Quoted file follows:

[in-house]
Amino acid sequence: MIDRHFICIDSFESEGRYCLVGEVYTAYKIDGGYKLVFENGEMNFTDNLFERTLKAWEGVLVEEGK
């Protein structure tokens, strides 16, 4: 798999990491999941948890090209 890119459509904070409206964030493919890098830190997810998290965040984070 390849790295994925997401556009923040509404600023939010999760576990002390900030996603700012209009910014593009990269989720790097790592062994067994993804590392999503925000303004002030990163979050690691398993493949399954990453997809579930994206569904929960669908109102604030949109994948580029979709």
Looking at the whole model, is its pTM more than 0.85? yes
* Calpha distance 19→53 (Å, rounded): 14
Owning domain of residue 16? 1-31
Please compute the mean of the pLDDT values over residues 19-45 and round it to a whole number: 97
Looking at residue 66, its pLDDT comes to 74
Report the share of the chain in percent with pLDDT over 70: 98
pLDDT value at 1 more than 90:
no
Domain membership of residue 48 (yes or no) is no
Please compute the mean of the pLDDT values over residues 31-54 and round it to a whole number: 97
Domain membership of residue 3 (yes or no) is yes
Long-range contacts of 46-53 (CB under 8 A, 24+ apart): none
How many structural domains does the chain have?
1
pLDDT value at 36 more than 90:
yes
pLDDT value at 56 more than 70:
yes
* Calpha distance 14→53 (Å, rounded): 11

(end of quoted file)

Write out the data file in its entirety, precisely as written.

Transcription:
[in-house]
Amino acid sequence: MIDRHFICIDSFESEGRYCLVGEVYTAYKIDGGYKLVFENGEMNFTDNLFERTLKAWEGVLVEEGK
């Protein structure tokens, strides 16, 4: 798999990491999941948890090209 890119459509904070409206964030493919890098830190997810998290965040984070 390849790295994925997401556009923040509404600023939010999760576990002390900030996603700012209009910014593009990269989720790097790592062994067994993804590392999503925000303004002030990163979050690691398993493949399954990453997809579930994206569904929960669908109102604030949109994948580029979709």
Looking at the whole model, is its pTM more than 0.85? yes
* Calpha distance 19→53 (Å, rounded): 14
Owning domain of residue 16? 1-31
Please compute the mean of the pLDDT values over residues 19-45 and round it to a whole number: 97
Looking at residue 66, its pLDDT comes to 74
Report the share of the chain in percent with pLDDT over 70: 98
pLDDT value at 1 more than 90:
no
Domain membership of residue 48 (yes or no) is no
Please compute the mean of the pLDDT values over residues 31-54 and round it to a whole number: 97
Domain membership of residue 3 (yes or no) is yes
Long-range contacts of 46-53 (CB under 8 A, 24+ apart): none
How many structural domains does the chain have?
1
pLDDT value at 36 more than 90:
yes
pLDDT value at 56 more than 70:
yes
* Calpha distance 14→53 (Å, rounded): 11